Chemistry, toxicological risk assessment (TRA) and biocompatibility are necessary components of a biological evaluation. A biological evaluation provides evidence-based data focused on device nature and duration of patient contact which ultimately supports the safety of a device. With the additional expectations regarding chemistry were provided in 10993-18:2020, it is natural that the expectations of toxicological risk assessments also need to be further harmonized. ISO 10993-17 is under revision to provide guidance on toxicological risk assessments. 

Driving Forces

The toxicological risk assessment and biological testing are conducted to address the biological endpoints appropriate for the device duration and nature of body contact, to support the biological safety of the device. Regulations are the main driver behind the growing role of TRAs, including the EU Medical Device Regulation (MDR) and 2020 guidance from the U.S. FDA. These documents not only help to set expectations, such as the analytical evaluation threshold (AET) but also support the methodologies and approaches to performing this analysis.

ISO 10993 Biological Evaluation of Medical Devices

The ISO 10993 series of standards highlight the importance of biological evaluations as a part of the overall medical device risk management program. Part 1 demonstrates a need for detailed physical and chemical information, and if manufacturers do not provide sufficient data, additional testing, such as E/L studies, will be necessary before designing a biocompatibility testing plan.

In addition, Part 18, updated in 2020, faced an overhaul in its latest revision. This update increased the requirements for characterization of medical device chemical constituents in a final finished form of a medical device. This section has made it challenging for some to achieve characterization to the levels required by regulators. However, as the industry adjusts, the role of this data will become more evident as appropriate TRAs will rely on this information.

FDA Guidance on use of ISO 10993-1

For manufacturers seeking approval in the United States, it is important to consider that the U.S. FDA does not recognize all clauses of all parts of ISO 10993. The FDA Guidance on the Use of ISO 10993-1 most recently published in 2020, which is almost identical to the 2016 version, provides FDA recommendations that may differ from the ISO 10993 requirements.

ISO 14971 Application of Risk Management to Medical Devices

This document requires risk management, including biological evaluation, to continue throughout a product’s lifecycle.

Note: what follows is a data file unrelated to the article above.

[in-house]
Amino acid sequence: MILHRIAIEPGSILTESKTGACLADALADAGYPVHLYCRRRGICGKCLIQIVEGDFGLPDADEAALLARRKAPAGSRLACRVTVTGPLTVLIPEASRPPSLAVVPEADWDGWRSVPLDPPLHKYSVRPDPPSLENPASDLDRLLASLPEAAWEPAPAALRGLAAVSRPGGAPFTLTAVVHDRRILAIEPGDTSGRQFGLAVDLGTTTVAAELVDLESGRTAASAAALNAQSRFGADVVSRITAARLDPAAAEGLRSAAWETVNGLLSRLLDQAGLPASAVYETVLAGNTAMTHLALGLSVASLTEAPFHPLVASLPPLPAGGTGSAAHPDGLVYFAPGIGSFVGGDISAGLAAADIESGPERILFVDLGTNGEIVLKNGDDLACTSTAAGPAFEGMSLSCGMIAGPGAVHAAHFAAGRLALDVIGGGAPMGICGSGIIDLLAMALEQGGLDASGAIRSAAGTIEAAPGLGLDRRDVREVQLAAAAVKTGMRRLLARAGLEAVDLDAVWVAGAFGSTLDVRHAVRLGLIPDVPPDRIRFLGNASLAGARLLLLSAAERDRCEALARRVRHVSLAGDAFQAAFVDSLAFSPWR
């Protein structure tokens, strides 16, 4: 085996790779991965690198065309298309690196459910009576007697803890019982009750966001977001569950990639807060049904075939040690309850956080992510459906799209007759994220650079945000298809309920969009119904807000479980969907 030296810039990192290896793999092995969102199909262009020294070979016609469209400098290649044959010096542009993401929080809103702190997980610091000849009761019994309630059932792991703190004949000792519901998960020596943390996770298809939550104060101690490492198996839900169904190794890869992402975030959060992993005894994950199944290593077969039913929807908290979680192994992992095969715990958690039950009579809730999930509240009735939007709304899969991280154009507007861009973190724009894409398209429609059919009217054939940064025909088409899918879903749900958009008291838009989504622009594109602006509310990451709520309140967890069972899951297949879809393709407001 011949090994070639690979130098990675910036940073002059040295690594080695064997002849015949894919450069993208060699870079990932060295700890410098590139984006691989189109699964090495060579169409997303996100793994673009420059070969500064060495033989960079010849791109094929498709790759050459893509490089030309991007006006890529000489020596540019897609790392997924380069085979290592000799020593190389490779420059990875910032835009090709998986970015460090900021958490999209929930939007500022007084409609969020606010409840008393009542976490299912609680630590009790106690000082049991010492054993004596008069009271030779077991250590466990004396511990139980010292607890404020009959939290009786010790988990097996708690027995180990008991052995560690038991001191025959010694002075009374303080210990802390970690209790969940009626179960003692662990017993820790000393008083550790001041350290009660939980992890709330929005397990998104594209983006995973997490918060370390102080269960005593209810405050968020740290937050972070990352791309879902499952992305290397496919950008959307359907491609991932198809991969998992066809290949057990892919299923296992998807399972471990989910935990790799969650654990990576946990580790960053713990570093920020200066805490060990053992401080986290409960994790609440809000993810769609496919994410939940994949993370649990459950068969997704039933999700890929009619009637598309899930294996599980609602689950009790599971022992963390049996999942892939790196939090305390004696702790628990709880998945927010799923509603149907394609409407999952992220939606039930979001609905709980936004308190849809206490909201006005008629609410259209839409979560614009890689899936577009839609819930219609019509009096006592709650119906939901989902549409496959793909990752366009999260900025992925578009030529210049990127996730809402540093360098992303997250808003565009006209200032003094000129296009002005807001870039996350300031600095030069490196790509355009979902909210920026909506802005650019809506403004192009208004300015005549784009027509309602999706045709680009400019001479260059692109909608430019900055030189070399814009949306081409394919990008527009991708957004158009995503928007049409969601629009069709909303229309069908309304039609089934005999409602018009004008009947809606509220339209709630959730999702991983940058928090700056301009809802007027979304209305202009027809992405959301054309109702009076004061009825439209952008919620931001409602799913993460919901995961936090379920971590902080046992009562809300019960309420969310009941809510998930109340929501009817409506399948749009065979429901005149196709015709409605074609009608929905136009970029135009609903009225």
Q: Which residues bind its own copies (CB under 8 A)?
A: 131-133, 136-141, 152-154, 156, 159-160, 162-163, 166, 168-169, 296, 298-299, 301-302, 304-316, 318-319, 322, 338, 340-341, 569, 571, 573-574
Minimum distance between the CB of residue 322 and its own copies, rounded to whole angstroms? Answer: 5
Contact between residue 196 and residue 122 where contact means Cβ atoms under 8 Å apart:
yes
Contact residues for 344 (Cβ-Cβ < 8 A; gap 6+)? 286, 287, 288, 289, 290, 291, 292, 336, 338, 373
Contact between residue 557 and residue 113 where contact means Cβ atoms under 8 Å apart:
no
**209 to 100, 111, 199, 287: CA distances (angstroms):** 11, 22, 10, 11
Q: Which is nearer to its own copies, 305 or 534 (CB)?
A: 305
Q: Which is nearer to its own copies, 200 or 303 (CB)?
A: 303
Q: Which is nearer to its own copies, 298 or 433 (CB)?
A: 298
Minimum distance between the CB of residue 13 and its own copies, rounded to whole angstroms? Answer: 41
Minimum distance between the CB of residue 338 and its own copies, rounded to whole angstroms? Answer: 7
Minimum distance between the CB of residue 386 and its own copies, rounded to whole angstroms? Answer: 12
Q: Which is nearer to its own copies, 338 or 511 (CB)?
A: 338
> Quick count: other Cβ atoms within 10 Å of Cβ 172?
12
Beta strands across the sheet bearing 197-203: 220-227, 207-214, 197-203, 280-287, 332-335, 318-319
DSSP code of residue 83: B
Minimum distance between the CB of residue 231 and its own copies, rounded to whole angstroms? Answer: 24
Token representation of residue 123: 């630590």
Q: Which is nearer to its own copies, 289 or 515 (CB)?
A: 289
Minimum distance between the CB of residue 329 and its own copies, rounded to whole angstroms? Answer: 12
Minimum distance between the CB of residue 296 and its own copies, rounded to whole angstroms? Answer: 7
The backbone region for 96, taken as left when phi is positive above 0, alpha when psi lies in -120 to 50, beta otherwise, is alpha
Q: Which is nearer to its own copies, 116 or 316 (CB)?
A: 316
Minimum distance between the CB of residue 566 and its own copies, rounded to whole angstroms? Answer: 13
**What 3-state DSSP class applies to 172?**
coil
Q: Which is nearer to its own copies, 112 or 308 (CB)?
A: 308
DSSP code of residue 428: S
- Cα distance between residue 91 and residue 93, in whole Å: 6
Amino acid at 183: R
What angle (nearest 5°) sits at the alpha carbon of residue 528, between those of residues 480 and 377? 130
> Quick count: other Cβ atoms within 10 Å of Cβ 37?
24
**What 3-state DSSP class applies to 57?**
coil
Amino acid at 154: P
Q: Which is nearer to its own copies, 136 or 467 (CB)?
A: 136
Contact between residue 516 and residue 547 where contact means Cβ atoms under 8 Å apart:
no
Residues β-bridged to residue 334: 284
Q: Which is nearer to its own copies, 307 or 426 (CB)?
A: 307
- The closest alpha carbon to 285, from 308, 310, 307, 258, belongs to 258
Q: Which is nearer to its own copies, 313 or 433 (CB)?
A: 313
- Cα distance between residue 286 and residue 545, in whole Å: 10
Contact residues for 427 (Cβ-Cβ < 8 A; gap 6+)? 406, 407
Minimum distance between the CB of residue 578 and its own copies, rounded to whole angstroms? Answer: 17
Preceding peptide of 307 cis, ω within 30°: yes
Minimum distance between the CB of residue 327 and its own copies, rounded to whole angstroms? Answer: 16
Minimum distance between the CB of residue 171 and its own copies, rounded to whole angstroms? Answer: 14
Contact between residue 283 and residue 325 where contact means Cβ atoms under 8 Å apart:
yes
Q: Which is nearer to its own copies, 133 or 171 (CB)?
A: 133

ISO/TS 21726 Biological Evaluation of Medical Devices

When conducting chemical characterization and TRAs, applying the threshold of toxicological concern (TTC) will often reference this technical specification.

Medical Device Regulation

The EU MDR currently recognizes the most current versions of ISO 10993 standards as “state of the art,” meaning notified bodies expect applications to meet current ISO 10993 requirements.  

Collating this information and staying updated is a complicated task. Fortunately, lab testing partners not only have an extensive background on regulatory standards but often play a part in shaping what the future of these standards will be.

Upcoming: ISO 10993-17

While not expected to publish until at least 2021, ISO 10993-17 is currently in the revision process and will provide additional guidance on conducting a TRA. The majority of the standard is expected to change, from defining terminology to summarizing recommended steps in the process. Performing these assessments will likely become more standardized, but this does not indicate process simplicity.

Because TRAs consider device risk as a combination of hazard and the level of exposure, detailed background on the device and its use are critical. Manufacturers need to provide as much contextual understanding of a device’s materials, production process and potential exposure parameters (e.g. maximum clinical use, and patient populations). These considerations are important in the design of chemical characterization and the conduct of a valid toxicological risk assessment. Without this information, the result may be under or over-predicting patient risk; both may lead to undesirable outcomes for different reasons.

Partnering with an informed, reliable testing partner can help prevent potential issues with changing guidance. Qualified, expert judgment will be necessary for many parts of this process, such as when scientists evaluate the results for the margin of safety for medical device chemical constituents. It can be an added benefit if the lab performing your device’s TRA has an inside look at what standards are coming.

An Evolving Outlook

As medical devices continue to evolve, so will the standards. Our industry continues to drive innovation, which is something to celebrate. While there are still opportunities for improvement, chemical characterization plays a critical role in modernizing the biological evaluation of medical devices.

For a more in-depth review of the TRA process, watch our webinar “Toxicological risk assessment of medical devices and proposed updates to 10993-17, including the application of TTC values.”

To stay up to date on the latest industry news and regulatory changes, follow us on LinkedIn.

For early access and exclusive content sent straight to your inbox, subscribe today to our premium content.

Established in December 2000, WuXi AppTec provides a broad portfolio of R&D and manufacturing services that enable companies in the pharmaceutical, biotech and medical device industries worldwide to advance discoveries and deliver groundbreaking treatments to patients. With industry-leading capabilities such as R&D and manufacturing for small molecule drugs, cell and gene therapies, and testing for medical devices, WuXi AppTec’s open-access platform is enabling more than 4,100 collaborators from over 30 countries to improve the health of those in need – and to realize our vision that “every drug can be made and every disease can be treated”.